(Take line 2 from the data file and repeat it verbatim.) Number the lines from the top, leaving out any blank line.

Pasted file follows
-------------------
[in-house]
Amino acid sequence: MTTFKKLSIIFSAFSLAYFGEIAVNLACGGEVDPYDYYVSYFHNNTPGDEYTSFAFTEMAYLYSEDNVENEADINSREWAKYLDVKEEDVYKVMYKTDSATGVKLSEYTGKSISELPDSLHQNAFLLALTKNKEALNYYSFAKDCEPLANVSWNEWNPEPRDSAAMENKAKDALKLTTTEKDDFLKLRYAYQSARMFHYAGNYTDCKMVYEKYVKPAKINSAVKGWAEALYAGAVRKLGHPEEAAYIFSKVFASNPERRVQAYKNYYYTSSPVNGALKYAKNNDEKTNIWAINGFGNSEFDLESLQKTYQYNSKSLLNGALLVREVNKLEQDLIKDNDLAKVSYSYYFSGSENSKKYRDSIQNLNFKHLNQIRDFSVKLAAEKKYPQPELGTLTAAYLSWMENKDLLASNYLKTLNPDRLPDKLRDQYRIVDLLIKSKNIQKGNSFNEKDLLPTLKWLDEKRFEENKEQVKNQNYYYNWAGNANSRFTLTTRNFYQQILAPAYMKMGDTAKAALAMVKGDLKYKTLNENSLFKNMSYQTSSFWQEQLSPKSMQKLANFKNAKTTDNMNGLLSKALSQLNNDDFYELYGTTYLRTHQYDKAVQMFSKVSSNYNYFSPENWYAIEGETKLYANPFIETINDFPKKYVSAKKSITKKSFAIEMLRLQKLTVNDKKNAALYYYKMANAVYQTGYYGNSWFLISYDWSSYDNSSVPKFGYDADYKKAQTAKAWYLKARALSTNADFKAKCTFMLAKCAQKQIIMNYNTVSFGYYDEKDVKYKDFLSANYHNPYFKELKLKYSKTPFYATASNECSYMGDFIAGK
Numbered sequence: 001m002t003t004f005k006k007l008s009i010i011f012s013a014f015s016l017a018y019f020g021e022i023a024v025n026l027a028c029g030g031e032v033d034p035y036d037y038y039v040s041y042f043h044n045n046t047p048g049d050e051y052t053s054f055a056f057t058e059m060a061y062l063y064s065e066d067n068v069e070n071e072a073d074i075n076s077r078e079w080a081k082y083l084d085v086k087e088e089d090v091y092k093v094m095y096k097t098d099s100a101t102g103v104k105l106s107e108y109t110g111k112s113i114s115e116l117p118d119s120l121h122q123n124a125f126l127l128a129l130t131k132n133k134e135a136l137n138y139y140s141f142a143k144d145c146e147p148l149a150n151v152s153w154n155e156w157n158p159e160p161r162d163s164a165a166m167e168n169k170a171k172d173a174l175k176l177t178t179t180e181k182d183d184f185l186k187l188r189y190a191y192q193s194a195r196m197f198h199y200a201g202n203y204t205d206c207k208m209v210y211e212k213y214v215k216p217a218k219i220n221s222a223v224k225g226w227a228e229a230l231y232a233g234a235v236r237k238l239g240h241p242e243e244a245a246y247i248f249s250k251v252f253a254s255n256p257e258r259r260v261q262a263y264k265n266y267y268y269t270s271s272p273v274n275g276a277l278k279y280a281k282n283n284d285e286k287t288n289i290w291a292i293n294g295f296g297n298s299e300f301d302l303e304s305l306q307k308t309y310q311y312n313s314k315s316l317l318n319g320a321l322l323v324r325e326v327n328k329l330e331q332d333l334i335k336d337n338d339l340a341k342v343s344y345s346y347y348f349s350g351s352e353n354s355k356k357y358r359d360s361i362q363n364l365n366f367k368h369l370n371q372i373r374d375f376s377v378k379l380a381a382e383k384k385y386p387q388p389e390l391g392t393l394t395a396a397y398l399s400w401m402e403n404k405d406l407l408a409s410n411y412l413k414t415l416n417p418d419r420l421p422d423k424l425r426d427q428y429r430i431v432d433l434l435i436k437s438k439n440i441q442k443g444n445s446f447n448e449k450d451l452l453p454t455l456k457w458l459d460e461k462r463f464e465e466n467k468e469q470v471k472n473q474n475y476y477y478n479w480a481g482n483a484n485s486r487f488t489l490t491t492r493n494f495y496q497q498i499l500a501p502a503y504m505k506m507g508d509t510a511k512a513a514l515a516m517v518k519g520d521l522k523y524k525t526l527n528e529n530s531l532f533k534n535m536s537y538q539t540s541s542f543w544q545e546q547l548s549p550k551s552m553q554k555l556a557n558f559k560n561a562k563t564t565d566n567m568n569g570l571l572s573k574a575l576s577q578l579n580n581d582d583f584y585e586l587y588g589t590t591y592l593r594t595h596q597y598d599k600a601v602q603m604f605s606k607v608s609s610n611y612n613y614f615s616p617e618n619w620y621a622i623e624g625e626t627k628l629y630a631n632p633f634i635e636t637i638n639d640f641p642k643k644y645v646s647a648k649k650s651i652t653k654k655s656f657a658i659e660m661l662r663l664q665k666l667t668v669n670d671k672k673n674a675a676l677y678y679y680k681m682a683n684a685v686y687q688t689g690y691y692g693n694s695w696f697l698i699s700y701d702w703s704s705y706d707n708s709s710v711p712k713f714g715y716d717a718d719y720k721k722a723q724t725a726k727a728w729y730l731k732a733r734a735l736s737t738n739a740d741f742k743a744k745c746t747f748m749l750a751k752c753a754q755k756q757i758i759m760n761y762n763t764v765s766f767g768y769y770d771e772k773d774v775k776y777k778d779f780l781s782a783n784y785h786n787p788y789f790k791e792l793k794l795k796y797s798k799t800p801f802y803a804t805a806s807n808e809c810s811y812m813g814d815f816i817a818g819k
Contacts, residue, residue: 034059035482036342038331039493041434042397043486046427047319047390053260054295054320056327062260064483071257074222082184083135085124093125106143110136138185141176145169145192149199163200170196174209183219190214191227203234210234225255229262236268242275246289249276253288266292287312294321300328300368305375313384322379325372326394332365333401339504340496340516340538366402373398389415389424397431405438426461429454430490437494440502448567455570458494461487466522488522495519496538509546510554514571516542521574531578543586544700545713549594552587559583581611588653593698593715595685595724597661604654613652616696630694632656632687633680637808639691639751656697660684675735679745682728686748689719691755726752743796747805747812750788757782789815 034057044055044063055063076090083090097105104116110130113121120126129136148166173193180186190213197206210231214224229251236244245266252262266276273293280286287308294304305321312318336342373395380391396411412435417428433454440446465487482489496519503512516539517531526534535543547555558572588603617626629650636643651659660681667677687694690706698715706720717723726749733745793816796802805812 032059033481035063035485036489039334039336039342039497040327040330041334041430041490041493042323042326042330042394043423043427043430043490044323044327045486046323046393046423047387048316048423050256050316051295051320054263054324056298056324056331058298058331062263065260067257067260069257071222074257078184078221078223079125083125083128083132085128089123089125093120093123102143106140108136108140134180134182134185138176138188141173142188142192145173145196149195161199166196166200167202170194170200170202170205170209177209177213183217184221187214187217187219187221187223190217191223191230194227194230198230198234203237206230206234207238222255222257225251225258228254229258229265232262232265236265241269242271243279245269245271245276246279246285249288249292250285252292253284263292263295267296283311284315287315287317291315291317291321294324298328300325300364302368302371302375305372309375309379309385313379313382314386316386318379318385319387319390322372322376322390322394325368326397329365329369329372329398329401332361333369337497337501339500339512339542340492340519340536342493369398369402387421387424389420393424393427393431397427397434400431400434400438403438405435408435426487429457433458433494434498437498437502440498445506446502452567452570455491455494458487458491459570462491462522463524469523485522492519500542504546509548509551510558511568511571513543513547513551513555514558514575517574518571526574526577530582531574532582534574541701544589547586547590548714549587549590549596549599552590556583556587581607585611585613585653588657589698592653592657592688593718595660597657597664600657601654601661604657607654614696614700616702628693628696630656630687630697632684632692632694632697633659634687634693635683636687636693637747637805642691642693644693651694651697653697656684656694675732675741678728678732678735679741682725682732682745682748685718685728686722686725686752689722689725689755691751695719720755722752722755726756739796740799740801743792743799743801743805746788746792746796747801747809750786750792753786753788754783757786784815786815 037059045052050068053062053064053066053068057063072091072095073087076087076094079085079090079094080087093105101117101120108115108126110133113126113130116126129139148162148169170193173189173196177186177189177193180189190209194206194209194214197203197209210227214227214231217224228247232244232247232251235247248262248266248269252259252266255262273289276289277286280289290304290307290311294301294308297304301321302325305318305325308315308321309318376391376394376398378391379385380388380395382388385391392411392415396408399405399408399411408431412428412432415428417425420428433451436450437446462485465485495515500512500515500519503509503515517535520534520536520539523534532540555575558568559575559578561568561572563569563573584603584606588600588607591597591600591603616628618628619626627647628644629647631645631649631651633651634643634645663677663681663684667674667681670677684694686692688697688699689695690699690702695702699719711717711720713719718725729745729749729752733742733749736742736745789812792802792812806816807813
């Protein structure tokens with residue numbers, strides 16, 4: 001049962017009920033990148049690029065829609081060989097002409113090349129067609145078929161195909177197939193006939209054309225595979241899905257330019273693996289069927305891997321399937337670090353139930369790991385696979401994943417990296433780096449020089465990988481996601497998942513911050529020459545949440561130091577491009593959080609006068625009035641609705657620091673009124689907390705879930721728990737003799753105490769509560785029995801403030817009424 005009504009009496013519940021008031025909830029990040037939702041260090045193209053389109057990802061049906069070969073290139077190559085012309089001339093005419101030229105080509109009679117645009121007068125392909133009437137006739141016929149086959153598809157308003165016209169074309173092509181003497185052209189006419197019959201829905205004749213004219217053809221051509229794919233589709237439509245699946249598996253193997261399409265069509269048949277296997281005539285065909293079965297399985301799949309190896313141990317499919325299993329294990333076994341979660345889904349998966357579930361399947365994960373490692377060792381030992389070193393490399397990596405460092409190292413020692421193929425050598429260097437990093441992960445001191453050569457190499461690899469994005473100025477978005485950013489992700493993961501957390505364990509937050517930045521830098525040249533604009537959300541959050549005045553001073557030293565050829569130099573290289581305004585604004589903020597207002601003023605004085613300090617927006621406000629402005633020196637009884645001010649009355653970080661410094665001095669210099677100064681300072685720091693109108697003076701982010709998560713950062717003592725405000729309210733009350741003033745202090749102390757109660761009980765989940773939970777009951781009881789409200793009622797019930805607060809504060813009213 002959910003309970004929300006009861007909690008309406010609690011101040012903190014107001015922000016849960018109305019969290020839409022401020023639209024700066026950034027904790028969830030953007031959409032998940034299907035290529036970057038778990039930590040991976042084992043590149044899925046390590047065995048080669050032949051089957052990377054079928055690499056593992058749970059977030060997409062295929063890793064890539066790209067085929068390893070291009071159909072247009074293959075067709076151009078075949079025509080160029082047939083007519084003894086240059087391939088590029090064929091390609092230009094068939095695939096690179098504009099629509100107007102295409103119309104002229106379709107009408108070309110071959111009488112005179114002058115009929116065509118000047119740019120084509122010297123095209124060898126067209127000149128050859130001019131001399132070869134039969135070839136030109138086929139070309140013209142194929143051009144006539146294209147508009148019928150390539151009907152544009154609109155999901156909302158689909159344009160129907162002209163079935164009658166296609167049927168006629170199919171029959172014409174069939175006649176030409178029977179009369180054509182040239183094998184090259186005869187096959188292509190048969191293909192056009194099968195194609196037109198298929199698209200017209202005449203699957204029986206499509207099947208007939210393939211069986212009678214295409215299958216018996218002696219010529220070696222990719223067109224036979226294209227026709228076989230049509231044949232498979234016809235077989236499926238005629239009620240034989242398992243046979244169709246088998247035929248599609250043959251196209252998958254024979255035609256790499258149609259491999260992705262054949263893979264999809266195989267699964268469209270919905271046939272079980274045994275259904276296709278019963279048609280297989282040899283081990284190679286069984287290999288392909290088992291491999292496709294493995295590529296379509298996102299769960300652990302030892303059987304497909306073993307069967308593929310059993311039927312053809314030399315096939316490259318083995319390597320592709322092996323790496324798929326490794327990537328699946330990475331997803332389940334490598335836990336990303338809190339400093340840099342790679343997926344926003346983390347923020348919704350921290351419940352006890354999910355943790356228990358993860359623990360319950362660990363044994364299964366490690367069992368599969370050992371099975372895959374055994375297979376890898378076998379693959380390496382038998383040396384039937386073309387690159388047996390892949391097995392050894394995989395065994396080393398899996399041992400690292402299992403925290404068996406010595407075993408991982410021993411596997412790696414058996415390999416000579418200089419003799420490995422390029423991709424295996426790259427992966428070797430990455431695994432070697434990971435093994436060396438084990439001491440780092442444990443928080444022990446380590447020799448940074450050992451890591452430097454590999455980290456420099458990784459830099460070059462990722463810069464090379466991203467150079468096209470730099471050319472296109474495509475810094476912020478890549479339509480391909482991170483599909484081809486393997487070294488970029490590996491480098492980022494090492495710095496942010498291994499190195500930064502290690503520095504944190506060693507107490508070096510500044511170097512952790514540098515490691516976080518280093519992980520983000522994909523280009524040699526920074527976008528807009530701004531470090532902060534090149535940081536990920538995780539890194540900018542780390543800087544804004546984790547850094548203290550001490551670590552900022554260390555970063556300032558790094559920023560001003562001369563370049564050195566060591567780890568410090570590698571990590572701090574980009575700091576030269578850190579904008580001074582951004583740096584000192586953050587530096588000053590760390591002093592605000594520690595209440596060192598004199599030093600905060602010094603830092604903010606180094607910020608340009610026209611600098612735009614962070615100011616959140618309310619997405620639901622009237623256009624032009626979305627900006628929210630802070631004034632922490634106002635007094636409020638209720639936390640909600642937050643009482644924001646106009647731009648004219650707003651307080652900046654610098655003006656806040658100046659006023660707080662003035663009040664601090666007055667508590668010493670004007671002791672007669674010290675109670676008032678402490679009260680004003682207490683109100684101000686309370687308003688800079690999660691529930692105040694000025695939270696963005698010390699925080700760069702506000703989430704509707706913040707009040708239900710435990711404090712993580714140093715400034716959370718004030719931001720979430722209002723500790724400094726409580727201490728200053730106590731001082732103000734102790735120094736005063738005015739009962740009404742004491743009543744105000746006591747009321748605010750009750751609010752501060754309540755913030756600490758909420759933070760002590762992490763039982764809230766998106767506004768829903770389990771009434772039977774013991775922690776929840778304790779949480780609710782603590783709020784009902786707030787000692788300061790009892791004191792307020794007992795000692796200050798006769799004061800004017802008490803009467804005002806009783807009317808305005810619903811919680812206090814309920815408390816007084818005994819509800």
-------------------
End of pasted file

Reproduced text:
Amino acid sequence: MTTFKKLSIIFSAFSLAYFGEIAVNLACGGEVDPYDYYVSYFHNNTPGDEYTSFAFTEMAYLYSEDNVENEADINSREWAKYLDVKEEDVYKVMYKTDSATGVKLSEYTGKSISELPDSLHQNAFLLALTKNKEALNYYSFAKDCEPLANVSWNEWNPEPRDSAAMENKAKDALKLTTTEKDDFLKLRYAYQSARMFHYAGNYTDCKMVYEKYVKPAKINSAVKGWAEALYAGAVRKLGHPEEAAYIFSKVFASNPERRVQAYKNYYYTSSPVNGALKYAKNNDEKTNIWAINGFGNSEFDLESLQKTYQYNSKSLLNGALLVREVNKLEQDLIKDNDLAKVSYSYYFSGSENSKKYRDSIQNLNFKHLNQIRDFSVKLAAEKKYPQPELGTLTAAYLSWMENKDLLASNYLKTLNPDRLPDKLRDQYRIVDLLIKSKNIQKGNSFNEKDLLPTLKWLDEKRFEENKEQVKNQNYYYNWAGNANSRFTLTTRNFYQQILAPAYMKMGDTAKAALAMVKGDLKYKTLNENSLFKNMSYQTSSFWQEQLSPKSMQKLANFKNAKTTDNMNGLLSKALSQLNNDDFYELYGTTYLRTHQYDKAVQMFSKVSSNYNYFSPENWYAIEGETKLYANPFIETINDFPKKYVSAKKSITKKSFAIEMLRLQKLTVNDKKNAALYYYKMANAVYQTGYYGNSWFLISYDWSSYDNSSVPKFGYDADYKKAQTAKAWYLKARALSTNADFKAKCTFMLAKCAQKQIIMNYNTVSFGYYDEKDVKYKDFLSANYHNPYFKELKLKYSKTPFYATASNECSYMGDFIAGK